Finally, soy protein powder can have about 20 grams of protein per serving, which is on par with animal-based products.
So, unless you have an allergy, it would be a shame to miss out on such a convenient source.
You will have no issues finding vegan aminos and protein powders these days. Most major companies are including pea, hemp, and soy proteins in their lines, so you should be just fine in this area.
Creatine can be a bit problematic so you should see what the back of the package says. Vegan-friendly creatine is synthesized from sarcosine and cyanamide. Both of them can be derived in the lab from non-animal products.
Most vegans already should supplement for vitamins D and B12, since they are the only one that they can’t find in plants. For bodybuilders, that “should” becomes a “must”, since they put their bodies under a lot of stress and will need that extra help.
What to Eat on a Vegan Bodybuilding Diet?
Next to already mentioned soy and broccoli, other plants that contain all 9 essential amino acids are quinoa, buckwheat, hemp seeds, chia seeds, and spirulina. When trying to make other combinations, you can follow this list:
- Histidine: rice, wheat, legumes, potatoes.
- Isoleucine: lentils, beans, oats, rye, brown rice, cabbage.
- Leucine: peas, brown rice, sesame seeds, pumpkin, seaweed.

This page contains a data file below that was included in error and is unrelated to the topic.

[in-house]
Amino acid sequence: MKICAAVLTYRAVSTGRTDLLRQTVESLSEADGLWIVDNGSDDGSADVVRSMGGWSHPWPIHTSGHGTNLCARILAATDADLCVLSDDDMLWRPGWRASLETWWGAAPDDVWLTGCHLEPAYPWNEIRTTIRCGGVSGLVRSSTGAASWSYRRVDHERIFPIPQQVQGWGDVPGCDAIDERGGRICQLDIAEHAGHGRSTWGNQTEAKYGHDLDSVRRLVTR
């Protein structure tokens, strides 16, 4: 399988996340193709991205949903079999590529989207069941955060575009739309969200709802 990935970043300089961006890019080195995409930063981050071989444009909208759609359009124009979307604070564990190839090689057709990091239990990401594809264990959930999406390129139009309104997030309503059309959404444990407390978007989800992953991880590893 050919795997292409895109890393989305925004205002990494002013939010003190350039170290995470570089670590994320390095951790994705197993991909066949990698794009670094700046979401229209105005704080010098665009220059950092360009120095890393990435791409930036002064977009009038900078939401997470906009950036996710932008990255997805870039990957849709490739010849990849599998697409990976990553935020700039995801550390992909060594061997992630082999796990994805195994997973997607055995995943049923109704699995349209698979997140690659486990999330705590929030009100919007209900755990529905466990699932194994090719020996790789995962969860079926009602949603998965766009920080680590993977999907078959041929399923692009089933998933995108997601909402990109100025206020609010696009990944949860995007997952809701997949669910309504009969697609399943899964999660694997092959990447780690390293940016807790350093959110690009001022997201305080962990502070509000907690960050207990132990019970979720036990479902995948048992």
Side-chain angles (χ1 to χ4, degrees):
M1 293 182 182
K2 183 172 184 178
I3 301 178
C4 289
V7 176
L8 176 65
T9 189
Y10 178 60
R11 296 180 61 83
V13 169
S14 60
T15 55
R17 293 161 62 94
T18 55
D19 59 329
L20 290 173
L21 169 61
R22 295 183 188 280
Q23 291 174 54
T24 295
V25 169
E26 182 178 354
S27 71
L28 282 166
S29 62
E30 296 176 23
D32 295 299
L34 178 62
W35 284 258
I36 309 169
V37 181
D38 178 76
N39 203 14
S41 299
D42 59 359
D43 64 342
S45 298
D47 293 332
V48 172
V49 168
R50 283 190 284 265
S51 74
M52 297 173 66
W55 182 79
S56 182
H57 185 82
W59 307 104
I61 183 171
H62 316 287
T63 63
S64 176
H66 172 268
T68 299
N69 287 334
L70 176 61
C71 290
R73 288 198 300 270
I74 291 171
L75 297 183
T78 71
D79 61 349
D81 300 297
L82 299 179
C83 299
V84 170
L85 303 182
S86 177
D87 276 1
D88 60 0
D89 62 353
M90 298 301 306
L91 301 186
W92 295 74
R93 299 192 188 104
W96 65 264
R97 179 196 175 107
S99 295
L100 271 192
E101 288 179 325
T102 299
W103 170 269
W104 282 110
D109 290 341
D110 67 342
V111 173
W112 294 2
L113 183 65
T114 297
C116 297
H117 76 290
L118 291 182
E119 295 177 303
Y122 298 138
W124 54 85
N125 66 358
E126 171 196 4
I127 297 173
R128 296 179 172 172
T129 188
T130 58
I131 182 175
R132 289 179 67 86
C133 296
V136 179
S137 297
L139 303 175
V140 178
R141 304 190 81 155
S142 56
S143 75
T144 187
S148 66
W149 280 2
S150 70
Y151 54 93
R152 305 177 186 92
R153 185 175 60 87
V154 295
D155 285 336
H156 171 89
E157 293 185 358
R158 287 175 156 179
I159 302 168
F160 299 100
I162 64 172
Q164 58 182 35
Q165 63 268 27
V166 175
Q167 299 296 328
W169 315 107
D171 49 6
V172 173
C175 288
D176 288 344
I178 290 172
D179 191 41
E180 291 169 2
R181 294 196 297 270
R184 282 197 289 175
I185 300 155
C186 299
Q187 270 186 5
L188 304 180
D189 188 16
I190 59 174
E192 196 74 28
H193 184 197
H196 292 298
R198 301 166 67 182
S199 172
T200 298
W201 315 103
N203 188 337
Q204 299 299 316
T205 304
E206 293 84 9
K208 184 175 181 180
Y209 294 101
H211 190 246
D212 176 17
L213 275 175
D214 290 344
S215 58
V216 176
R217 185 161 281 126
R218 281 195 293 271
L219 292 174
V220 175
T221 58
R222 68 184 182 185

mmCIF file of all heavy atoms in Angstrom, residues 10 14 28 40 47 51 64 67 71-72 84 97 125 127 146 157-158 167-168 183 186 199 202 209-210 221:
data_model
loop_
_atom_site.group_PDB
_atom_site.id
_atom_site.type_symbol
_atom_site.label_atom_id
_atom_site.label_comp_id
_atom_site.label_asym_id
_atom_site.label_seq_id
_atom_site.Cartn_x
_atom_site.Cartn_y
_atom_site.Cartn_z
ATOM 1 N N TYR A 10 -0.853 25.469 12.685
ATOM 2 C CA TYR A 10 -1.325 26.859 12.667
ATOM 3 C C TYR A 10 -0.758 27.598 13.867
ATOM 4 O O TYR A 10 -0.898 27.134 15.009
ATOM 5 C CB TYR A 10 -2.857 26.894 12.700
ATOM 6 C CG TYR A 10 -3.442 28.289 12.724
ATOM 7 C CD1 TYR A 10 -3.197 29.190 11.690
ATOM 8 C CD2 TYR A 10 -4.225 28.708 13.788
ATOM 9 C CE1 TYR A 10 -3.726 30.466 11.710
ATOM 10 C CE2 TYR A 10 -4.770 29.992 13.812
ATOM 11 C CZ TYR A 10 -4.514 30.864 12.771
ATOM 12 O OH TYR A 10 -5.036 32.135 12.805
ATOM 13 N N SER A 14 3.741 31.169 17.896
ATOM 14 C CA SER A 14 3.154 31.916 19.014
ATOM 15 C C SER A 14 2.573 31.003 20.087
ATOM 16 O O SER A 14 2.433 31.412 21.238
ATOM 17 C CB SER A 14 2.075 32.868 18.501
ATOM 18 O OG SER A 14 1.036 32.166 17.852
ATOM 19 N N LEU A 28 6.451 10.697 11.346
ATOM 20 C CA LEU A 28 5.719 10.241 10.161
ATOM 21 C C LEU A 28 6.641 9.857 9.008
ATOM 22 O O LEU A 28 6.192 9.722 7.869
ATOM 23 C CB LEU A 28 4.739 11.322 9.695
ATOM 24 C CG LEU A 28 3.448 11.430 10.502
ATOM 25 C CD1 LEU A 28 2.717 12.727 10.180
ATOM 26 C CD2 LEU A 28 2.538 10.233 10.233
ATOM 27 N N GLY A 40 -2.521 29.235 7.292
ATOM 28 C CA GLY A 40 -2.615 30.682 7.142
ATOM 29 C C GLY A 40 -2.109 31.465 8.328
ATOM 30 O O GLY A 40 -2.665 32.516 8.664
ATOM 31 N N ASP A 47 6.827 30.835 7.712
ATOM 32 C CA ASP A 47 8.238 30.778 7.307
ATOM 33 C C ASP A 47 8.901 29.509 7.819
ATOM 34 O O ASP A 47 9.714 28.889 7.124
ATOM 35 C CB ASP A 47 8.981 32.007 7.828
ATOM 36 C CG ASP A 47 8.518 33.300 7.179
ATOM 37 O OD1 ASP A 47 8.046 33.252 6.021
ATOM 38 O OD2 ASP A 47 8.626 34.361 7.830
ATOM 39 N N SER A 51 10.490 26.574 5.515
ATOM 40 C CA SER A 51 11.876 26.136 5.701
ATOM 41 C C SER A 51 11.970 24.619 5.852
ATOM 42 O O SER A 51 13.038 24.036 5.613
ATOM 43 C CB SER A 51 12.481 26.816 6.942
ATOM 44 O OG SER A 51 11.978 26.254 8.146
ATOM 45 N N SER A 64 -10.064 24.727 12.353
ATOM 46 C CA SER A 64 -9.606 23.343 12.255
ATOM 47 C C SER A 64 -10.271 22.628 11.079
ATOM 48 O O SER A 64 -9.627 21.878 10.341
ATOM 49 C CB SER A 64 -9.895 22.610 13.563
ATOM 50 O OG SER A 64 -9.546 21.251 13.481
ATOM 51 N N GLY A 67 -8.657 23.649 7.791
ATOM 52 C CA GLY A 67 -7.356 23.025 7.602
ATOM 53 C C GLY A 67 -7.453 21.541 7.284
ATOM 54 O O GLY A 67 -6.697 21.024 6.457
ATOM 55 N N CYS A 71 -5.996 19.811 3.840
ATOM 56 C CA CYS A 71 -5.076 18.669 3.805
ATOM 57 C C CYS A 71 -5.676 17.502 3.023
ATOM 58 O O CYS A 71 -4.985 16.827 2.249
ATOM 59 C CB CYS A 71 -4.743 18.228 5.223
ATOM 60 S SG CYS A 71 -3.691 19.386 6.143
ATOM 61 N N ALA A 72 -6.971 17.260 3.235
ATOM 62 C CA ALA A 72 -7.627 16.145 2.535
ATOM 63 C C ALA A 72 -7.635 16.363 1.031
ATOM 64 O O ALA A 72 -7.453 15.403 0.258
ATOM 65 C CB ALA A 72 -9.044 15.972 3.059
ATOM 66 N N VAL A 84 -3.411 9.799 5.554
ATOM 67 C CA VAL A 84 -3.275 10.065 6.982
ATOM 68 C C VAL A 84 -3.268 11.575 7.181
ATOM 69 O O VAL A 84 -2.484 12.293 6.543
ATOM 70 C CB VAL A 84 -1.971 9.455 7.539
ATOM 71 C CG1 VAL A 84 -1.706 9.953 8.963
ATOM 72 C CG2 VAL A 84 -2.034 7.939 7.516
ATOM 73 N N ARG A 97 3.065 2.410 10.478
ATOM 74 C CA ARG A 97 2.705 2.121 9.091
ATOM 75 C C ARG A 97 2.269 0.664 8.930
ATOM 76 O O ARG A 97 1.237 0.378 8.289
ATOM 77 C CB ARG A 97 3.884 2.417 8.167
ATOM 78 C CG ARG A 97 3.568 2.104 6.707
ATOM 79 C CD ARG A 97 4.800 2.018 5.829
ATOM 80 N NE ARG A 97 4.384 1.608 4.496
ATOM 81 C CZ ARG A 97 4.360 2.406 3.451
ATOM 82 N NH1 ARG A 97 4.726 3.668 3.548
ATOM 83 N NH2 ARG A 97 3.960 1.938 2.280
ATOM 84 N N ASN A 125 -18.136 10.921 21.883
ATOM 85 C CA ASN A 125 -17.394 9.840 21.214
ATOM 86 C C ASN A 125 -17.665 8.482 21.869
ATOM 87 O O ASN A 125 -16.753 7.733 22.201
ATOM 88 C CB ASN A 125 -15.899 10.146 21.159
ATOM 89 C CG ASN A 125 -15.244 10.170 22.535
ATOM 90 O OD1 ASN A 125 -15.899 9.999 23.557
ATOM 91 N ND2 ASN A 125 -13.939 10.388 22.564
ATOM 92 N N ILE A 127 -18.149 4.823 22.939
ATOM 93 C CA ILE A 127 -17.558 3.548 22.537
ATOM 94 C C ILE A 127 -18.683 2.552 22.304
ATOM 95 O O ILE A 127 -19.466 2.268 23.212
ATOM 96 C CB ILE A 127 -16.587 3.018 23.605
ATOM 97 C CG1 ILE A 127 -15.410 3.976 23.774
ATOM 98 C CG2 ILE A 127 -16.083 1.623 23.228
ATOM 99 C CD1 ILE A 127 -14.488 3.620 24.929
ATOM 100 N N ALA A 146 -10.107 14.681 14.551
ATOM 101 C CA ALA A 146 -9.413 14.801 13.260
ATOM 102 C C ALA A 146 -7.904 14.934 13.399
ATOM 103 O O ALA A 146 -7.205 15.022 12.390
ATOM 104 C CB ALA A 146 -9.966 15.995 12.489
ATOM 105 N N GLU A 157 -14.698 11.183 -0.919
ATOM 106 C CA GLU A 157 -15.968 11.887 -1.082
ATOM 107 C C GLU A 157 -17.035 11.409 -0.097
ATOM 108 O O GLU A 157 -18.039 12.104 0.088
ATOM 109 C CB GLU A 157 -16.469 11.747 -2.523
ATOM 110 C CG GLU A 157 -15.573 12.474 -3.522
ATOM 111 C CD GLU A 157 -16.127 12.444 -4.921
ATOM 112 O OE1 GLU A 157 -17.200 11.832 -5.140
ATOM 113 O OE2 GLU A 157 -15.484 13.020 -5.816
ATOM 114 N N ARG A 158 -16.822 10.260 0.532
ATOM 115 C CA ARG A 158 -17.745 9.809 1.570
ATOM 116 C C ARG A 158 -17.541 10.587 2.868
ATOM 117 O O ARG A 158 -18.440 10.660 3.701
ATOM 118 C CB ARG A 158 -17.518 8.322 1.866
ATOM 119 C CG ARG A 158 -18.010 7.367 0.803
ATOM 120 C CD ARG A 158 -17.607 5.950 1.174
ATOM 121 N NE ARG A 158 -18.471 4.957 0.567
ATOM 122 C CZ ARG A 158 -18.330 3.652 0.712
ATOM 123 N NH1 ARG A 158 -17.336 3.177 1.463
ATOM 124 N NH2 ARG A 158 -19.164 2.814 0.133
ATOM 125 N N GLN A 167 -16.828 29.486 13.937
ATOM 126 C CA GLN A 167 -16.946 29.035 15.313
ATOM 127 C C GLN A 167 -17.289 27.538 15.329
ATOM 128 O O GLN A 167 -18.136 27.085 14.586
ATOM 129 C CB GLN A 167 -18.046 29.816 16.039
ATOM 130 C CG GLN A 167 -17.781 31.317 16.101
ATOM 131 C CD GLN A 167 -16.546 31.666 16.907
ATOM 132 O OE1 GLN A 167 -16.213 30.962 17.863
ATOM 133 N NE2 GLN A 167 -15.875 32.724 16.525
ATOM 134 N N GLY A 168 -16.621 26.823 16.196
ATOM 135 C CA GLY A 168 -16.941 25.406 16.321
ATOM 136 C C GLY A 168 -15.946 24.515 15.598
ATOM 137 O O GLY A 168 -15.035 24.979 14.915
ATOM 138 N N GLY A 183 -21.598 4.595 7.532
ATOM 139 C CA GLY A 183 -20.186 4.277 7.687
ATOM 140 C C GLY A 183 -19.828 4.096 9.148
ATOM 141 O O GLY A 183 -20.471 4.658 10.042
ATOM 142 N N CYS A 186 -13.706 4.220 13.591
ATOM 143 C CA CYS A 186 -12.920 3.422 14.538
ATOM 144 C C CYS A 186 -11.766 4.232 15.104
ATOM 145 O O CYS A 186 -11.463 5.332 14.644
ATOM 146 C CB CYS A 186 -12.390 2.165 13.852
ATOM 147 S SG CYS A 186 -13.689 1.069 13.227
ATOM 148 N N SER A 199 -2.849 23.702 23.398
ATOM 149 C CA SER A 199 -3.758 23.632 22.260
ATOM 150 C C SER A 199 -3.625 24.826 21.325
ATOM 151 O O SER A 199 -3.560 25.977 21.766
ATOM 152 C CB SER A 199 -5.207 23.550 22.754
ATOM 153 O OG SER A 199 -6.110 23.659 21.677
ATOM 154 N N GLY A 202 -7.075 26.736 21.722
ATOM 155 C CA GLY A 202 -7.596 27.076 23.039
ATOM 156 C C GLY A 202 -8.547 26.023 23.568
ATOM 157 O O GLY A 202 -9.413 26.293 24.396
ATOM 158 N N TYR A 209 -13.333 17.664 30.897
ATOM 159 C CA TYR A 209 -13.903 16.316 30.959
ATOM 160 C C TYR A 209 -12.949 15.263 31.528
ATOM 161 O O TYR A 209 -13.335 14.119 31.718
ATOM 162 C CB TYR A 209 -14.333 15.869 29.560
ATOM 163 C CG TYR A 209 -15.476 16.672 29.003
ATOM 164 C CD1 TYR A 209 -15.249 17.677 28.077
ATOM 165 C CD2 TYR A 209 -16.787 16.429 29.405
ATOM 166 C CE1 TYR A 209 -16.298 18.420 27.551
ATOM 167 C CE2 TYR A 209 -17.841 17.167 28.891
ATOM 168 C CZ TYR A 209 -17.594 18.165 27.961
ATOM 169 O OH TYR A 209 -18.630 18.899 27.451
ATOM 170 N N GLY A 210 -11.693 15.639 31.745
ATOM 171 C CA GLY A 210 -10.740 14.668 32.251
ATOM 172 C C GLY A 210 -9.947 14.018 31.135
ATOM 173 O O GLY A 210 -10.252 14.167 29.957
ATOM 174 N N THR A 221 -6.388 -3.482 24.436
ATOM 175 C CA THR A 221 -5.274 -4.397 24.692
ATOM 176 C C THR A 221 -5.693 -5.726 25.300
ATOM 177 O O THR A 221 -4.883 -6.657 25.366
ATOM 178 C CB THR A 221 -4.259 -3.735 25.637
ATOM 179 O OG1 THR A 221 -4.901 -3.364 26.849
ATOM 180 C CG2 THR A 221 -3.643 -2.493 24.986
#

- Lysine: beans, pumpkin seeds, pistachios.
- Methionine: sunflower seeds, hemp seeds.
- Phenylalanine: avocado, pumpkin, beans, rice, seaweed.
- Threonine: Leafy greens, hemp seeds, pumpkin.
- Tryptophan: oats, spinach, sweet potatoes.
How to Eat on a Vegan Bodybuilding Diet?
No matter what, don’t treat those numbers as ultimate law. If you need to tweak them a bit at some point, listen to your body and go for it.
Another thing – try to time your meals based on your goals, You should eat before your workouts if you want to grow muscles, and after if you want to lose fat/weight. This comes back to our talk of fuel – a hungry body has to look on the inside for fuel, while the fed body can put that protein to work on muscle building because it has all those carbs for fuel.
Intermittent Fasting and the Vegan Bodybuilding Diet
We have quite a bit of evidence that suggests that intermittent fasting is beneficial for multiple health and fitness goals. Some trainers and professional bodybuilders also credit it for their year-round shredded look, or for the speed at which they managed to get their desired results.
If it suits you, go for it. There are no dietary restrictions when it comes to who can give it a whirl. The easiest and most convenient feast to fast ratio is 8:16, where you can eat within 8 hours each day while sticking to water or unsweetened tea throughout the rest of it. It’s a good place to start and see if it’s worth your time.